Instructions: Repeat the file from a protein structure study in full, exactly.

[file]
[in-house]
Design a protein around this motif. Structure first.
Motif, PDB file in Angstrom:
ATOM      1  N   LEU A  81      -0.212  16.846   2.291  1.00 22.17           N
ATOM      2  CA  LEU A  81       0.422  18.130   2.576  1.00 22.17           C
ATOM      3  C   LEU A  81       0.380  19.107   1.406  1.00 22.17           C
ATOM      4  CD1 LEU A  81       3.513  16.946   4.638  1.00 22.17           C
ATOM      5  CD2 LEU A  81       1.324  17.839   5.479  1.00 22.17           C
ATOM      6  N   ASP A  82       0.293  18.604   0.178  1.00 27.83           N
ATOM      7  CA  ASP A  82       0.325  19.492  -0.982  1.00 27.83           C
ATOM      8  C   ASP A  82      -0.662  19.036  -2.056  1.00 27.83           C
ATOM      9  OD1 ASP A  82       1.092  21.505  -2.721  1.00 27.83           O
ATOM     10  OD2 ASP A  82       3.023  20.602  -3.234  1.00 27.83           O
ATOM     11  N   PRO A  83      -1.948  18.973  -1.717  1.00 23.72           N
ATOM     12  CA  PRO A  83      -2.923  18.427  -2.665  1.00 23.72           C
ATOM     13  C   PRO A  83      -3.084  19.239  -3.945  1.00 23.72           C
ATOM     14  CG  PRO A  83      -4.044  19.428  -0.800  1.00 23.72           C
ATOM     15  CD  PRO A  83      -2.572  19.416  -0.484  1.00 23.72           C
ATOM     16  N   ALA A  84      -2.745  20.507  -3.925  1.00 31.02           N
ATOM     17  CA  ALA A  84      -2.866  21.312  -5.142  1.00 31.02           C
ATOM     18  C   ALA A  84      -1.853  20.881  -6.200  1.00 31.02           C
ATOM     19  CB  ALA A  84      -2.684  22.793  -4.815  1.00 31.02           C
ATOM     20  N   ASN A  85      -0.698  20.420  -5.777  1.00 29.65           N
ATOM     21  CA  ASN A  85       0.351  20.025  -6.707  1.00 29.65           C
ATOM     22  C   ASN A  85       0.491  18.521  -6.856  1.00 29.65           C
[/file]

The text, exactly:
[in-house]
Design a protein around this motif. Structure first.
Motif, PDB file in Angstrom:
ATOM      1  N   LEU A  81      -0.212  16.846   2.291  1.00 22.17           N
ATOM      2  CA  LEU A  81       0.422  18.130   2.576  1.00 22.17           C
ATOM      3  C   LEU A  81       0.380  19.107   1.406  1.00 22.17           C
ATOM      4  CD1 LEU A  81       3.513  16.946   4.638  1.00 22.17           C
ATOM      5  CD2 LEU A  81       1.324  17.839   5.479  1.00 22.17           C
ATOM      6  N   ASP A  82       0.293  18.604   0.178  1.00 27.83           N
ATOM      7  CA  ASP A  82       0.325  19.492  -0.982  1.00 27.83           C
ATOM      8  C   ASP A  82      -0.662  19.036  -2.056  1.00 27.83           C
ATOM      9  OD1 ASP A  82       1.092  21.505  -2.721  1.00 27.83           O
ATOM     10  OD2 ASP A  82       3.023  20.602  -3.234  1.00 27.83           O
ATOM     11  N   PRO A  83      -1.948  18.973  -1.717  1.00 23.72           N
ATOM     12  CA  PRO A  83      -2.923  18.427  -2.665  1.00 23.72           C
ATOM     13  C   PRO A  83      -3.084  19.239  -3.945  1.00 23.72           C
ATOM     14  CG  PRO A  83      -4.044  19.428  -0.800  1.00 23.72           C
ATOM     15  CD  PRO A  83      -2.572  19.416  -0.484  1.00 23.72           C
ATOM     16  N   ALA A  84      -2.745  20.507  -3.925  1.00 31.02           N
ATOM     17  CA  ALA A  84      -2.866  21.312  -5.142  1.00 31.02           C
ATOM     18  C   ALA A  84      -1.853  20.881  -6.200  1.00 31.02           C
ATOM     19  CB  ALA A  84      -2.684  22.793  -4.815  1.00 31.02           C
ATOM     20  N   ASN A  85      -0.698  20.420  -5.777  1.00 29.65           N
ATOM     21  CA  ASN A  85       0.351  20.025  -6.707  1.00 29.65           C
ATOM     22  C   ASN A  85       0.491  18.521  -6.856  1.00 29.65           C